You may never have heard of Darren Brown, the amazing British illusionist who accomplished his tricks through an extraordinary gift for neuro-linguistic programming, nor, indeed, may you have heard of neuro-linguistic programming. But the idea is, I suspect, rather self-evident from the terminology used to describe it: programming the mind through the clever manipulation of words and concepts, to effect/affect a change in the neurophysiological pathways of a target's brain itself.
Well, now DARPA, the Defense Advance Projects Research Agency is in on the act, so phys.org is reporting:
We're first informed that on first glance such a project seems silly, after all, the article reassuringly coos, governments have been seeking ways to brainwash people for centuries, without much success, a statement that I find somewhat ridiculous on the face of it. Haven't the writers at phys.org heard of Adolf Hitler, or Reich Propaganda Minister Josef Goebbels? It would seem that, through a combination of carefully calculated terror, social programs, and relentless mass media propaganda, that this was a relatively successful case of brainwashing an entire nation - or at least enough of it to get the rest of the population "on board."
But after issuing its reassuring clucks and chirps, phys.org informs us that new technologies - the ability to scan brains and record transformations in the neurophysiology as certain messages are received - is now advanced enough to record minor transformations. This too, should give one pause.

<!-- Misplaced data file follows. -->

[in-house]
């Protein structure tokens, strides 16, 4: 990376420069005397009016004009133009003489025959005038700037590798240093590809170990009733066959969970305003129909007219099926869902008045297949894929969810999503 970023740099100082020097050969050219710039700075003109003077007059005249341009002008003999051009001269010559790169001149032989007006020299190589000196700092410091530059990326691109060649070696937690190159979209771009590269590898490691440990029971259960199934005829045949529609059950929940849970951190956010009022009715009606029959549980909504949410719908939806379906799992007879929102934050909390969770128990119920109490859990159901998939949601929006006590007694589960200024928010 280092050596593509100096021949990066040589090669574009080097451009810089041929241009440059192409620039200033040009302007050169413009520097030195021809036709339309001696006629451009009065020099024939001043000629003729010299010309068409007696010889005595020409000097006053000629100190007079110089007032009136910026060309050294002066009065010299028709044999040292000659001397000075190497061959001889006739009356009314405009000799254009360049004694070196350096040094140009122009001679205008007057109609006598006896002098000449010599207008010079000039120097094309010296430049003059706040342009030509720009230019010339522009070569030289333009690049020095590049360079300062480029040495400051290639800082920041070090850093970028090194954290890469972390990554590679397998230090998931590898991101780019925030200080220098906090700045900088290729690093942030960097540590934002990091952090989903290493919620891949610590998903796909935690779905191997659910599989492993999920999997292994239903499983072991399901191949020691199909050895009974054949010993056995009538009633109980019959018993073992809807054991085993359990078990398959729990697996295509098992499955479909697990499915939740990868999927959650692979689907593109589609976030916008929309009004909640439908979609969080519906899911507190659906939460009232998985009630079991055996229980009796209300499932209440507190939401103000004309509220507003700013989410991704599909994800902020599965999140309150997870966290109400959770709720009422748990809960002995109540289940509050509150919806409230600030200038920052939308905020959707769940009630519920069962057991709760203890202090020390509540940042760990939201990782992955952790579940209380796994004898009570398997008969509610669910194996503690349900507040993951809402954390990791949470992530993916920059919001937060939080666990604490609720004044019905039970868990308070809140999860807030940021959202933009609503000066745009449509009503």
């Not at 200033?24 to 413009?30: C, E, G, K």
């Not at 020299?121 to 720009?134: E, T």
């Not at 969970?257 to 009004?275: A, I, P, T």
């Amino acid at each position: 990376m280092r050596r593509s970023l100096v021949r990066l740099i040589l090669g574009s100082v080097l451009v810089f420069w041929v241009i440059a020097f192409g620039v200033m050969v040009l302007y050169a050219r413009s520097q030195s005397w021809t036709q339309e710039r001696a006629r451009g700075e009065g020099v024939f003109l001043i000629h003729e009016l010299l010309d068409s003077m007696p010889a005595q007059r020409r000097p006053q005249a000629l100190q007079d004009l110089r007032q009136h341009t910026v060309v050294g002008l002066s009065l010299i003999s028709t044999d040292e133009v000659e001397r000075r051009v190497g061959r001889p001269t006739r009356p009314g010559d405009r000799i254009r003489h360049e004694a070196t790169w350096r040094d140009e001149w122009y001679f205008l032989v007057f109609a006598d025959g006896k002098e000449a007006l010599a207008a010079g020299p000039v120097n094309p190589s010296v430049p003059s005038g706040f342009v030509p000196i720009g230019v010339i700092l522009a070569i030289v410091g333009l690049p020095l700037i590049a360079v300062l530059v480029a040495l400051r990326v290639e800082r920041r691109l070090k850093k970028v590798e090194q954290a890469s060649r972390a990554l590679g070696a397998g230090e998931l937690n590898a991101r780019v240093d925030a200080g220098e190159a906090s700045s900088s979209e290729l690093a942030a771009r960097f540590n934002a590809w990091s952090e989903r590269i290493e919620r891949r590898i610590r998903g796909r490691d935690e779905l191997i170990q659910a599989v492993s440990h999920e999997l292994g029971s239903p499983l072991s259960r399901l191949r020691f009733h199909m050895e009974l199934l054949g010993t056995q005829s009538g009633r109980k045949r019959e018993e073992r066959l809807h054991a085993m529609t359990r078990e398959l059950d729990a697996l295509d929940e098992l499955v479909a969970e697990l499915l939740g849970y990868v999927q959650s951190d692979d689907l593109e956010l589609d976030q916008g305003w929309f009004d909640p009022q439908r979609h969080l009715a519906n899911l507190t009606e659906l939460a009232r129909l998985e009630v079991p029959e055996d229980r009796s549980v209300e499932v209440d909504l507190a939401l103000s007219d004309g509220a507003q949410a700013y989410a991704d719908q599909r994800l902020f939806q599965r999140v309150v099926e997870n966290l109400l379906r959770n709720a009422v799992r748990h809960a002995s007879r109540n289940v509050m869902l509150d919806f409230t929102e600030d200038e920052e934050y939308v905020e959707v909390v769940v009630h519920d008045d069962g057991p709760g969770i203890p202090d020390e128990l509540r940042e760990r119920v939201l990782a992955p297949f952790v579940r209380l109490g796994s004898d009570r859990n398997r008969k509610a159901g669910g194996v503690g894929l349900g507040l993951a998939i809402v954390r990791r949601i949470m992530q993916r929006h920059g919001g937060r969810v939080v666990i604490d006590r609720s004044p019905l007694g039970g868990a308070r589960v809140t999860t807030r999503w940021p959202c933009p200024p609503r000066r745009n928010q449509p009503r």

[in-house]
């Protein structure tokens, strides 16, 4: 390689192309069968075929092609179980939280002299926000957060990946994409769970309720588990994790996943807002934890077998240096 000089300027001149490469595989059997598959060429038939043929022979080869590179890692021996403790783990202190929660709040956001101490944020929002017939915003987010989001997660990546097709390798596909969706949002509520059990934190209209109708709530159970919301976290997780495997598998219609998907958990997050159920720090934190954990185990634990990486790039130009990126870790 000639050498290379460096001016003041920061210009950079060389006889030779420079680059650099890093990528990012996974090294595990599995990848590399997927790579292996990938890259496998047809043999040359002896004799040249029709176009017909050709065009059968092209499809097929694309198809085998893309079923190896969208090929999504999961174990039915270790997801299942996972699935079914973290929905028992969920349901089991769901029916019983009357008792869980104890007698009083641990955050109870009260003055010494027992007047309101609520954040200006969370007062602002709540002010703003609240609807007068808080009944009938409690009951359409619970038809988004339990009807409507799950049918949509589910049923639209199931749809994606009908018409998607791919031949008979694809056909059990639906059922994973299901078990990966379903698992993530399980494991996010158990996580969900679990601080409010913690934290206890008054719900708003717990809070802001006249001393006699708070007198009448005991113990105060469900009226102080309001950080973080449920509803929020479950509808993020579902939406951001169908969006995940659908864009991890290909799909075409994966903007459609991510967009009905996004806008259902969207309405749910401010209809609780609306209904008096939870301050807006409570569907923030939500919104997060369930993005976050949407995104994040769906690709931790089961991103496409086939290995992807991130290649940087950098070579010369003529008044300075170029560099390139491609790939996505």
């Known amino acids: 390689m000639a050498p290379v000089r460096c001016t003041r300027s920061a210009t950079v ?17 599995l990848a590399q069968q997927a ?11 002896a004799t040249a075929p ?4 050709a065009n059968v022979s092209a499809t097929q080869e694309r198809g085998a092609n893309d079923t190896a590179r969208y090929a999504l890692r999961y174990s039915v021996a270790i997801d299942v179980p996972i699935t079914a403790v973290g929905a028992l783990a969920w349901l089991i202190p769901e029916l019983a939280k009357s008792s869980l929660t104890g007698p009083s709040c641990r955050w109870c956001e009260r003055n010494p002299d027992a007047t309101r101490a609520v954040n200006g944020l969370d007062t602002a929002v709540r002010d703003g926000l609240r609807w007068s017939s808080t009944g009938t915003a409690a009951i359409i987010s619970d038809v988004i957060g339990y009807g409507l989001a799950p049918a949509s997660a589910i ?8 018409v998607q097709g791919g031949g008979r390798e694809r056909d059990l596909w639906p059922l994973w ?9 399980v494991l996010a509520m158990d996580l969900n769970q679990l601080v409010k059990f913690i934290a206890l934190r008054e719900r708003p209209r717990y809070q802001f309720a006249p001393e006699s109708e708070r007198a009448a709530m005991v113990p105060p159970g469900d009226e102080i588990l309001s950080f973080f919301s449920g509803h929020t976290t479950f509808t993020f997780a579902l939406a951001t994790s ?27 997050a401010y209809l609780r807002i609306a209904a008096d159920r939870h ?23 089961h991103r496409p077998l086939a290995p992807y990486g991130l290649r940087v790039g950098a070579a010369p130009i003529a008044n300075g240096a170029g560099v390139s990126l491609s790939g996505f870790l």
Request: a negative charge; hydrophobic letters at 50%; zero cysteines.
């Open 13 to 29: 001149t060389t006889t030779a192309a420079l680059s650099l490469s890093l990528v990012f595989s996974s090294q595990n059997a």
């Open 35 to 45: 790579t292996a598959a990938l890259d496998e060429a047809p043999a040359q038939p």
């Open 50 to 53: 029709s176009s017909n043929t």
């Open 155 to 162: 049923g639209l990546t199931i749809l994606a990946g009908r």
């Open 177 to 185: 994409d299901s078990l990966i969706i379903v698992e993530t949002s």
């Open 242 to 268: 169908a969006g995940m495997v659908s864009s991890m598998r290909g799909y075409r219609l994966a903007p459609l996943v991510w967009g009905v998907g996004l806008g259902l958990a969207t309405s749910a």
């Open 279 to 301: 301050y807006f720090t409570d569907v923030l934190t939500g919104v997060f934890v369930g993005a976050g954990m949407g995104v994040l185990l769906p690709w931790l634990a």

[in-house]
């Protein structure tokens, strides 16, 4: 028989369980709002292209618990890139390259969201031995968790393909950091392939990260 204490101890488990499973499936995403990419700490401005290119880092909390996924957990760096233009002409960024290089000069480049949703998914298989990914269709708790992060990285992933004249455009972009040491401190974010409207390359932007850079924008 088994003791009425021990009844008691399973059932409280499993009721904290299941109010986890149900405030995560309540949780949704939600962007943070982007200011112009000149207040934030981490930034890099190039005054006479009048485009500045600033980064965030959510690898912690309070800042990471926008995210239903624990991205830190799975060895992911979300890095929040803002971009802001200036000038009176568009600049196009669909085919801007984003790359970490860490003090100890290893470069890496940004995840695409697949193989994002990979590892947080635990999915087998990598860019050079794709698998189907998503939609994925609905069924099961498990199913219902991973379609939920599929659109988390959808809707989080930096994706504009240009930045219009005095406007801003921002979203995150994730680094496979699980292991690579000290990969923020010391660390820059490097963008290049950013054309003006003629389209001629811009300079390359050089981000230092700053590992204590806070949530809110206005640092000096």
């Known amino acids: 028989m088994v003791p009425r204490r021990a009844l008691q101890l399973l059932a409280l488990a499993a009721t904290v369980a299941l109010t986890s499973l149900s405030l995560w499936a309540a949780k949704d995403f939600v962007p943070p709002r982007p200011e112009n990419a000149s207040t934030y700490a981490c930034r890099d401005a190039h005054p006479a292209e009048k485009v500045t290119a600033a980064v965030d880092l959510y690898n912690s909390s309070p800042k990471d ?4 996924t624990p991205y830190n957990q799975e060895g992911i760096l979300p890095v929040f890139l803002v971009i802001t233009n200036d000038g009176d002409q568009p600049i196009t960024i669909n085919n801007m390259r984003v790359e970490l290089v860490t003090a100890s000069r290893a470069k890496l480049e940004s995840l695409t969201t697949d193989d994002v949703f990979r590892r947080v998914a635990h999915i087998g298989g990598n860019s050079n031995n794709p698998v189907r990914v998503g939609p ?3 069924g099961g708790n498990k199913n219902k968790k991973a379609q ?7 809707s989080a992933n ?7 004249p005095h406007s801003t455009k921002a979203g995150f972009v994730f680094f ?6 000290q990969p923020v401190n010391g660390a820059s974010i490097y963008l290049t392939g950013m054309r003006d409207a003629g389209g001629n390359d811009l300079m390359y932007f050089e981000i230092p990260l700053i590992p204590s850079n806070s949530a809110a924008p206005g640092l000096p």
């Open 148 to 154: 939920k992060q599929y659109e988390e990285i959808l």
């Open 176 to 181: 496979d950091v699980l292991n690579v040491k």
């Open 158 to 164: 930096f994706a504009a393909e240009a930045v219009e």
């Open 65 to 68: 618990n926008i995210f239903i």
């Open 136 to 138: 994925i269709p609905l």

For those of us old enough to remember, it was not so long ago that a sweating Richard Helms was sitting in front of the committee of Idaho US Senator Frank Church, fumbling for words on the CIA's notorious mind-control project, MK-Ultra, an outgrowth of an even earlier project at mind control, Artichoke, which in turn appears to have been a postwar American continuation of the Nazi efforts to study the parameters of mind control during World War Two.
Back to Helms and his sweating brow... as the Church committee was wound down, we were assured by Helms and others that MK-Ultra was not successful and that the project was simply closed down (or that it just petered out, depending on which version of the story one reads).
This is the real significance of the article at phys.org, for it would appear that the project was never wound down, it simply became practical enough, with the advance of technology, to move to the offices of DARPA in Arlington, Virginia. To be sure, DARPA has given us a lot of goofy projects (remember that one about trying to build a halfnium isomer bomb?)... but they also gave us the internet. And that should give you pause. It does me.